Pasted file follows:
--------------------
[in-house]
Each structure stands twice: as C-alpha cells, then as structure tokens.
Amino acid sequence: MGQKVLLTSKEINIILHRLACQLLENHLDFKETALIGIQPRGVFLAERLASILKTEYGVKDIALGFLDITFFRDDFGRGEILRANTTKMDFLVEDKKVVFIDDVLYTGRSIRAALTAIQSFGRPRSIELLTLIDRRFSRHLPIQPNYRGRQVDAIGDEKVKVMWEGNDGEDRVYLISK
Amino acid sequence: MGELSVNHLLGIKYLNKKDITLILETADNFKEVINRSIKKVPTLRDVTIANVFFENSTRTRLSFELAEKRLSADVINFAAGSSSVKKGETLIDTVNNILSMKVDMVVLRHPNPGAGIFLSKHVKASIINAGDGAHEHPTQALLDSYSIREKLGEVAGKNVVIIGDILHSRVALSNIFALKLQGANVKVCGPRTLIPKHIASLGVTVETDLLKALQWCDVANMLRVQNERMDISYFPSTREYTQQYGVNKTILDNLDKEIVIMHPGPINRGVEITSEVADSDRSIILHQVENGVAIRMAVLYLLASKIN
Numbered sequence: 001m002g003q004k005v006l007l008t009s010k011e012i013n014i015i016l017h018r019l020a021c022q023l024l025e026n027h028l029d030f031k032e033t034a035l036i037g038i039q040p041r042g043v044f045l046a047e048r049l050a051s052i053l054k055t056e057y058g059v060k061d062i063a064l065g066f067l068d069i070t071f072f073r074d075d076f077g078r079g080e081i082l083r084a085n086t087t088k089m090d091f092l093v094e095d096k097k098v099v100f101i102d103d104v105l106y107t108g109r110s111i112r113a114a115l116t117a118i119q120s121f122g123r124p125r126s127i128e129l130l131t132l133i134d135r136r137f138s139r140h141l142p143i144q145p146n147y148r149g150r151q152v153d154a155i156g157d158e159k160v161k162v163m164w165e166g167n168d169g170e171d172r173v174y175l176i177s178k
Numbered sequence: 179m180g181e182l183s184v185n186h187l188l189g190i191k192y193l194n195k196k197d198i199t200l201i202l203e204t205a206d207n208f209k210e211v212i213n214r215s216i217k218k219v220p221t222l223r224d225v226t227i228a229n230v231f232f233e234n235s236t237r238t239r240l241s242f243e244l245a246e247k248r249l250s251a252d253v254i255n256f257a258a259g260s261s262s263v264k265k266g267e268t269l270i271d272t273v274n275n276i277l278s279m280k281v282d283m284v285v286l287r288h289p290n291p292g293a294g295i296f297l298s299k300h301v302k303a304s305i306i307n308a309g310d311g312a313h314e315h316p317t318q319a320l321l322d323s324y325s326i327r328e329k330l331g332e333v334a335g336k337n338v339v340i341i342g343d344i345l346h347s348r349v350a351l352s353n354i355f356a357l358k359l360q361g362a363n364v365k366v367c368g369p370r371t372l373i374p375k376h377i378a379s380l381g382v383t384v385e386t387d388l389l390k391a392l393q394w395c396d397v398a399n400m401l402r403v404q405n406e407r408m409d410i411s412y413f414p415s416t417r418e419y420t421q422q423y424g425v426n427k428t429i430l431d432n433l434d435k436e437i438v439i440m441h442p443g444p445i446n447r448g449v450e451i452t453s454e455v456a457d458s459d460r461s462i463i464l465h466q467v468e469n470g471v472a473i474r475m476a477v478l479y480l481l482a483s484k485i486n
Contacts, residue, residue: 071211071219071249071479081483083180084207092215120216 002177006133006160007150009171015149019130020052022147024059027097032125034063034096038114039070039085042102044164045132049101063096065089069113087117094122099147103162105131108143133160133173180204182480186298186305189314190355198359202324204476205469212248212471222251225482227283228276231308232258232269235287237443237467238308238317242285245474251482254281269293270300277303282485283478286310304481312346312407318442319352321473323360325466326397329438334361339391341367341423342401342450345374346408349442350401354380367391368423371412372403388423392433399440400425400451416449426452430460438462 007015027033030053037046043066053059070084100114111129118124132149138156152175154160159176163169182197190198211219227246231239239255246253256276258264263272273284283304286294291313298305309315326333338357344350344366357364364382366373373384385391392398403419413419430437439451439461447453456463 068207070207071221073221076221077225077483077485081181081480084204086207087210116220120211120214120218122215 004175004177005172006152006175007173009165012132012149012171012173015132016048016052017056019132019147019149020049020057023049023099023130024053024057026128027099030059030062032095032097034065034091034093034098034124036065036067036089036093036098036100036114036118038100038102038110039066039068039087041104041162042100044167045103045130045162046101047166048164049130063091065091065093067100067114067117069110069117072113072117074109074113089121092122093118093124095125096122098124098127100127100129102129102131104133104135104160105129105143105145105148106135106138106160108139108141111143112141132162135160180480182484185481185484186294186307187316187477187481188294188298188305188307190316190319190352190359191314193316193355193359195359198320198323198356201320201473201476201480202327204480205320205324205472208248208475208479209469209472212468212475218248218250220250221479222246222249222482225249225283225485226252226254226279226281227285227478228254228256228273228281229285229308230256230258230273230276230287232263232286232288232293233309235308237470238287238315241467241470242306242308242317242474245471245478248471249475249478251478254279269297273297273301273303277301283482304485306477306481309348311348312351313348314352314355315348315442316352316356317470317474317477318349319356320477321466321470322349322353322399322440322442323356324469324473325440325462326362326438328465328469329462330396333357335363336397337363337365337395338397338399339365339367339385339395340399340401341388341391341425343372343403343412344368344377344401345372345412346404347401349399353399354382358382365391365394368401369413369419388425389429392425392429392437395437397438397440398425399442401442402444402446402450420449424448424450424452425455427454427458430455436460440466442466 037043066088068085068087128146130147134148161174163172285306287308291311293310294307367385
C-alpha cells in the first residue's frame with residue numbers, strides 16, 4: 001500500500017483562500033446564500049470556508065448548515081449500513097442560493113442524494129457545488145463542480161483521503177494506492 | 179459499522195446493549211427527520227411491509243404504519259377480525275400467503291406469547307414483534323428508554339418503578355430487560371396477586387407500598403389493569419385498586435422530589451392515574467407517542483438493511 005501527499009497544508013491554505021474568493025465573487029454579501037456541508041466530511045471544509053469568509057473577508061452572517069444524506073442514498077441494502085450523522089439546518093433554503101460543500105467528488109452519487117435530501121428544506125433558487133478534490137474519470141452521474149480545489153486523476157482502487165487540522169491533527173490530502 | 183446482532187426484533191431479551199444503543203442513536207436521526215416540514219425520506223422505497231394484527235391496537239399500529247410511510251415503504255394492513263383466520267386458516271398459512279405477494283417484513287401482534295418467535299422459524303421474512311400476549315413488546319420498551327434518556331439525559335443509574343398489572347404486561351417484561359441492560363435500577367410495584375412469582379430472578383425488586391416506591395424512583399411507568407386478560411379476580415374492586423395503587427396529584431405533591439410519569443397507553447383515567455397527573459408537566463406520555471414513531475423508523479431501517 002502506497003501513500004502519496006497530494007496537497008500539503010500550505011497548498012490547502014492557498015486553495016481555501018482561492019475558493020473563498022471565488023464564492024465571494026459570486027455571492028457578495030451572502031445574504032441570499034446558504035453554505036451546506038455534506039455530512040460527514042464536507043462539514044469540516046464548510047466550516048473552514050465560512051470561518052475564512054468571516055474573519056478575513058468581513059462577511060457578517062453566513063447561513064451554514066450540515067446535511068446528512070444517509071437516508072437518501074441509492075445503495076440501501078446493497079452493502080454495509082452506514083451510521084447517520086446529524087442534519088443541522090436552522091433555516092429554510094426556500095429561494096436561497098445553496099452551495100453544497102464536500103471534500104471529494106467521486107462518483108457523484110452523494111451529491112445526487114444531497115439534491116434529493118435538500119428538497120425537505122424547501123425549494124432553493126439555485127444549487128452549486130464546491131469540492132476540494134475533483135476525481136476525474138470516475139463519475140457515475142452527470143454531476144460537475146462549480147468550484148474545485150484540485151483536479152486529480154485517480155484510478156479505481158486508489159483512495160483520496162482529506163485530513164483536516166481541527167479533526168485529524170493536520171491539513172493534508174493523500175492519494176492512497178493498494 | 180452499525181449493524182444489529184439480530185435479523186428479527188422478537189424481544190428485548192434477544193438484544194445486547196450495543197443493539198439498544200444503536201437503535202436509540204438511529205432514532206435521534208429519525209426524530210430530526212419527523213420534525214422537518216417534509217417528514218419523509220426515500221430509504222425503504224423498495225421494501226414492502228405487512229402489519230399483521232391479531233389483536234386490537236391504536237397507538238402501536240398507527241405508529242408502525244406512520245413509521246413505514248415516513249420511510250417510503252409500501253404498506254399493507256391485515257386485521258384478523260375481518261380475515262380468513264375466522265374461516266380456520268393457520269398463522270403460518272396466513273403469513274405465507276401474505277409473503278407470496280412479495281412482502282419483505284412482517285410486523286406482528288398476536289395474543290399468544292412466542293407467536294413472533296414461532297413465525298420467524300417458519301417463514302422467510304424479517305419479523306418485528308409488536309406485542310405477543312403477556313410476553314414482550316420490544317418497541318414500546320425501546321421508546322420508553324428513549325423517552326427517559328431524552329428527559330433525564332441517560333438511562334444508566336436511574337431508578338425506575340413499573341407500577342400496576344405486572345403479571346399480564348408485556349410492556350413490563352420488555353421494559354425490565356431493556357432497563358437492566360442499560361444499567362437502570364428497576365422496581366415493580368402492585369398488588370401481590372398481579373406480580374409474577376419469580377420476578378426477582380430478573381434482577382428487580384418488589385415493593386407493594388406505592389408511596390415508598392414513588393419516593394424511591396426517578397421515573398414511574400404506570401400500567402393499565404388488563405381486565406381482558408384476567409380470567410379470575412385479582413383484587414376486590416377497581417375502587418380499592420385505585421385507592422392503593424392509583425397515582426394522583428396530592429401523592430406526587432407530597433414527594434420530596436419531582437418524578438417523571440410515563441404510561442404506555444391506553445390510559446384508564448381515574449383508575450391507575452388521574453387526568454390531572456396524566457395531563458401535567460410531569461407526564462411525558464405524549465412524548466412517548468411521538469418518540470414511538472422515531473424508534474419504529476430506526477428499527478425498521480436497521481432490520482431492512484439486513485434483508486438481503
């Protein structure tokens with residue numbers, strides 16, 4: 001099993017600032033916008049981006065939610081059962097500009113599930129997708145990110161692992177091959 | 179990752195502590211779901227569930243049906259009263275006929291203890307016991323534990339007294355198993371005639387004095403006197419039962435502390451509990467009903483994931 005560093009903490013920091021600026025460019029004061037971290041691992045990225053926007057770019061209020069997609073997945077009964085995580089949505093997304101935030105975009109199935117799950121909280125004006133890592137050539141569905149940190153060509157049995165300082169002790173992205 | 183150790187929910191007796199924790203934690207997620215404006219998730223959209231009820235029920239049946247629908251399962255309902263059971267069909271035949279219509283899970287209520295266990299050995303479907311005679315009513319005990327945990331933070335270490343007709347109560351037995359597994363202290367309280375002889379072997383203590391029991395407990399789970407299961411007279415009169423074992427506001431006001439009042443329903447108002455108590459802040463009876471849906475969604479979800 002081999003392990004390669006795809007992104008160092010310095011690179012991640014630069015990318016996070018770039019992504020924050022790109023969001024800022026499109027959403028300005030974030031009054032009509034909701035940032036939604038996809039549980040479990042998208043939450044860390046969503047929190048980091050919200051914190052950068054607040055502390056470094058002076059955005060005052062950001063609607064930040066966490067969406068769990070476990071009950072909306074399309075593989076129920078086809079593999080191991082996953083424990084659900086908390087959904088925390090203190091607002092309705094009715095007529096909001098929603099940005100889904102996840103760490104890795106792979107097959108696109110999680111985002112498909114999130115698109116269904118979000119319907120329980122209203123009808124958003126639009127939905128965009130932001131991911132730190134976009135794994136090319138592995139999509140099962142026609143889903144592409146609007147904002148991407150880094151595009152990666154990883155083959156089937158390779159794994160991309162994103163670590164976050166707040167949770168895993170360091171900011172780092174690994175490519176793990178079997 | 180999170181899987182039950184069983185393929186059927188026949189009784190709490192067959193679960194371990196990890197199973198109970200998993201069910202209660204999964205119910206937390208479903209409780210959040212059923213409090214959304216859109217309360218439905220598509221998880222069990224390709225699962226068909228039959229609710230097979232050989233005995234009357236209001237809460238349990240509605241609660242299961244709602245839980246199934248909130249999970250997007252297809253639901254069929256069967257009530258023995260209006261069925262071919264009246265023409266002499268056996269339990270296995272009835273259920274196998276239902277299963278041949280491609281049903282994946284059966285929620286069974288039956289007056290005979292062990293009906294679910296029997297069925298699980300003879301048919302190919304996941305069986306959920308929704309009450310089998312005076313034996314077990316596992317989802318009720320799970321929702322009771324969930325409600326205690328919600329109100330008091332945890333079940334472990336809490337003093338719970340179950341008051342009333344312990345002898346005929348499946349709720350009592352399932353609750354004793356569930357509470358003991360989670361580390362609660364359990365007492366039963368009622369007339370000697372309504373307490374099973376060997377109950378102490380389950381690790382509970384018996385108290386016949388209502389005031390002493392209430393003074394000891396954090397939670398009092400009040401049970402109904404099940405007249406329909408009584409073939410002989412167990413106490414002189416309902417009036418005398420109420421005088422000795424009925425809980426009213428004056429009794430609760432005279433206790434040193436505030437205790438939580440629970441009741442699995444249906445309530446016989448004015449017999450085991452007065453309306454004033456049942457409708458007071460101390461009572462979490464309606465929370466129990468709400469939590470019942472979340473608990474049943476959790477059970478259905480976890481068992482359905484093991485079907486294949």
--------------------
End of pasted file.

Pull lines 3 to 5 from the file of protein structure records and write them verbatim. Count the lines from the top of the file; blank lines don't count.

Amino acid sequence: MGQKVLLTSKEINIILHRLACQLLENHLDFKETALIGIQPRGVFLAERLASILKTEYGVKDIALGFLDITFFRDDFGRGEILRANTTKMDFLVEDKKVVFIDDVLYTGRSIRAALTAIQSFGRPRSIELLTLIDRRFSRHLPIQPNYRGRQVDAIGDEKVKVMWEGNDGEDRVYLISK
Amino acid sequence: MGELSVNHLLGIKYLNKKDITLILETADNFKEVINRSIKKVPTLRDVTIANVFFENSTRTRLSFELAEKRLSADVINFAAGSSSVKKGETLIDTVNNILSMKVDMVVLRHPNPGAGIFLSKHVKASIINAGDGAHEHPTQALLDSYSIREKLGEVAGKNVVIIGDILHSRVALSNIFALKLQGANVKVCGPRTLIPKHIASLGVTVETDLLKALQWCDVANMLRVQNERMDISYFPSTREYTQQYGVNKTILDNLDKEIVIMHPGPINRGVEITSEVADSDRSIILHQVENGVAIRMAVLYLLASKIN
Numbered sequence: 001m002g003q004k005v006l007l008t009s010k011e012i013n014i015i016l017h018r019l020a021c022q023l024l025e026n027h028l029d030f031k032e033t034a035l036i037g038i039q040p041r042g043v044f045l046a047e048r049l050a051s052i053l054k055t056e057y058g059v060k061d062i063a064l065g066f067l068d069i070t071f072f073r074d075d076f077g078r079g080e081i082l083r084a085n086t087t088k089m090d091f092l093v094e095d096k097k098v099v100f101i102d103d104v105l106y107t108g109r110s111i112r113a114a115l116t117a118i119q120s121f122g123r124p125r126s127i128e129l130l131t132l133i134d135r136r137f138s139r140h141l142p143i144q145p146n147y148r149g150r151q152v153d154a155i156g157d158e159k160v161k162v163m164w165e166g167n168d169g170e171d172r173v174y175l176i177s178k